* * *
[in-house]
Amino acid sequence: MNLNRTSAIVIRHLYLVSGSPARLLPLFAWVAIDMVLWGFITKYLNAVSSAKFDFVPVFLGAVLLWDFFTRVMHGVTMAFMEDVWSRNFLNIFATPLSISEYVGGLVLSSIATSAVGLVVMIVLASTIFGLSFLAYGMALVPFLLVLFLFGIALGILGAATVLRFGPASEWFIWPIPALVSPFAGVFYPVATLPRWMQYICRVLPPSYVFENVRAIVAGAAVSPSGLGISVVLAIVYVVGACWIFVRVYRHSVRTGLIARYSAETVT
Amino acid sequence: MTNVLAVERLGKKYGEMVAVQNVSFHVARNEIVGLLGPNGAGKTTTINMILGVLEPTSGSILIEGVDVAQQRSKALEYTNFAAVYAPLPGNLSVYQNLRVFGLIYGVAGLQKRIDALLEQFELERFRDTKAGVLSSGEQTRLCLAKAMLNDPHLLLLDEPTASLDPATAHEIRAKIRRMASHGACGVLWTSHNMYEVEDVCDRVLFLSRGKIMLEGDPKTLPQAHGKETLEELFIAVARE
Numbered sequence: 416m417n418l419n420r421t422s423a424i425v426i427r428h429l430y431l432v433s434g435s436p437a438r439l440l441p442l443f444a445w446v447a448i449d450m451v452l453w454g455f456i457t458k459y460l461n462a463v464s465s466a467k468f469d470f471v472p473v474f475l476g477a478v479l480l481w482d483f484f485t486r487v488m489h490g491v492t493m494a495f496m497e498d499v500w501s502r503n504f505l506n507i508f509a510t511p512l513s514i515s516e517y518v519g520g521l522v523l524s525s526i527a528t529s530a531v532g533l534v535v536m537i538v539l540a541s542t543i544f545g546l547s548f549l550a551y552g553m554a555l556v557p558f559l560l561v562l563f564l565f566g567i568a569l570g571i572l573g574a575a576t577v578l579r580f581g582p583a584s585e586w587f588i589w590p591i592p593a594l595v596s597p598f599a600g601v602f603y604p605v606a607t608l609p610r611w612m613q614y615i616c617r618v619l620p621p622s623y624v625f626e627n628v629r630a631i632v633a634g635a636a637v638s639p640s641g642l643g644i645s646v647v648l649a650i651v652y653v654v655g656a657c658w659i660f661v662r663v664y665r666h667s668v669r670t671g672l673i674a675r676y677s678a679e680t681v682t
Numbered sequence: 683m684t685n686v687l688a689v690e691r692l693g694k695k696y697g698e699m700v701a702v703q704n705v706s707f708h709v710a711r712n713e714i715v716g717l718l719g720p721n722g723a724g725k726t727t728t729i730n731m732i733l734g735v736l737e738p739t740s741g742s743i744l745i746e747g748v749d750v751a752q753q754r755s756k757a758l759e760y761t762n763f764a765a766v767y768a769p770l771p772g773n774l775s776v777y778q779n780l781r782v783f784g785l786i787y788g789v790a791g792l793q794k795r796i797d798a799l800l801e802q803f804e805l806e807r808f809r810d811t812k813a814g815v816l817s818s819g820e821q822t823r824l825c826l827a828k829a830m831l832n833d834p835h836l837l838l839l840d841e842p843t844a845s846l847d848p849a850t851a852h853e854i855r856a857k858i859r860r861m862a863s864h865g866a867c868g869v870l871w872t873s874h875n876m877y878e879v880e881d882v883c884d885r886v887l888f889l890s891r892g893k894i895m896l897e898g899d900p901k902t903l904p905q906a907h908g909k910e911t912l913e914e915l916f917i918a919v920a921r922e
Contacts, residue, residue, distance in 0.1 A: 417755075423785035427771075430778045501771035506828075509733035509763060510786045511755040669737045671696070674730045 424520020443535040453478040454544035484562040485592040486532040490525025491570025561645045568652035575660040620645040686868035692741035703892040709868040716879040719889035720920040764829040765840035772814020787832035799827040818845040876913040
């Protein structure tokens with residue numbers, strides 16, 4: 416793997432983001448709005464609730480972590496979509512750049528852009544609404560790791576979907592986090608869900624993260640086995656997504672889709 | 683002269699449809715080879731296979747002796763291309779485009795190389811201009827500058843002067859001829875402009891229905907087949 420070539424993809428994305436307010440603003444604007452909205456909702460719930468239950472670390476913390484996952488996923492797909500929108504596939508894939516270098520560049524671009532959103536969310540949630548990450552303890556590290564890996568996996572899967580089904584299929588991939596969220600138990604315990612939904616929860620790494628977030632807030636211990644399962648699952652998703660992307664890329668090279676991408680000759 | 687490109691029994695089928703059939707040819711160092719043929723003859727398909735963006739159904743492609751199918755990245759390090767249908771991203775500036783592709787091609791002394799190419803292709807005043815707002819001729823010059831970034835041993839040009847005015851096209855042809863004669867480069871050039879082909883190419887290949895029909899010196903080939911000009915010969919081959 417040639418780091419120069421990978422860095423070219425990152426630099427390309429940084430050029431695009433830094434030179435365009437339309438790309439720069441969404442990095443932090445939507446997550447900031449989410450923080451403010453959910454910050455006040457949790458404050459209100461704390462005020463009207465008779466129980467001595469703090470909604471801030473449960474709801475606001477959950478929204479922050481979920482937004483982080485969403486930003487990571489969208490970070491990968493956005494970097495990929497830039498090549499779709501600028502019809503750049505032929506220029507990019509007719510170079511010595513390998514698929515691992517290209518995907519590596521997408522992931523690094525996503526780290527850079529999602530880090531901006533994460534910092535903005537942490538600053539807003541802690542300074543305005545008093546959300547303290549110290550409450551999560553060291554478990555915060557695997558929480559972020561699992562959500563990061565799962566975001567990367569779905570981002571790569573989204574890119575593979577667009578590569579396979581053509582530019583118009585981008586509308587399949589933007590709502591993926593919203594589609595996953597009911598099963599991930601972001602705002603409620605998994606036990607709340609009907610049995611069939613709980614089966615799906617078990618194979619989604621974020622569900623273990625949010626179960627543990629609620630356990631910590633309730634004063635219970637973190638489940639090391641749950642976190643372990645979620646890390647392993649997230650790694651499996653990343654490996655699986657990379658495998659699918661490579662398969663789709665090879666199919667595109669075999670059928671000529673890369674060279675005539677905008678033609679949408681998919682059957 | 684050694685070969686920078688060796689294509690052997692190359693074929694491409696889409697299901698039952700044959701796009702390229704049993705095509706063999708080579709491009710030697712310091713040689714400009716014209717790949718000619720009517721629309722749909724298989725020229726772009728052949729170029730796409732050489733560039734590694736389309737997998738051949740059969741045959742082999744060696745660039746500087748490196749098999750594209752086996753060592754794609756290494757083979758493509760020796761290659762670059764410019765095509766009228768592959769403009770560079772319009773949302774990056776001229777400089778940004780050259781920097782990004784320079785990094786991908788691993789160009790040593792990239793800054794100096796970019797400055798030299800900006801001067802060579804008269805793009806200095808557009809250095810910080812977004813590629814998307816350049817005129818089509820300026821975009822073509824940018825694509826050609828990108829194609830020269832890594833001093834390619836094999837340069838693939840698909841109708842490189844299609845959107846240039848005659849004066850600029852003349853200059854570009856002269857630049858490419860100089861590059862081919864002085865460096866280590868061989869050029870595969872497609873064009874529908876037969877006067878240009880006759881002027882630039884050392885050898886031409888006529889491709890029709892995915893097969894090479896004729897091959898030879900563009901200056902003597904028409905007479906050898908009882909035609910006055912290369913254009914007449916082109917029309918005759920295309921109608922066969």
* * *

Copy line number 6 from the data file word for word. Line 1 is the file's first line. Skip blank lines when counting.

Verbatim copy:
Contacts, residue, residue, distance in 0.1 A: 417755075423785035427771075430778045501771035506828075509733035509763060510786045511755040669737045671696070674730045 424520020443535040453478040454544035484562040485592040486532040490525025491570025561645045568652035575660040620645040686868035692741035703892040709868040716879040719889035720920040764829040765840035772814020787832035799827040818845040876913040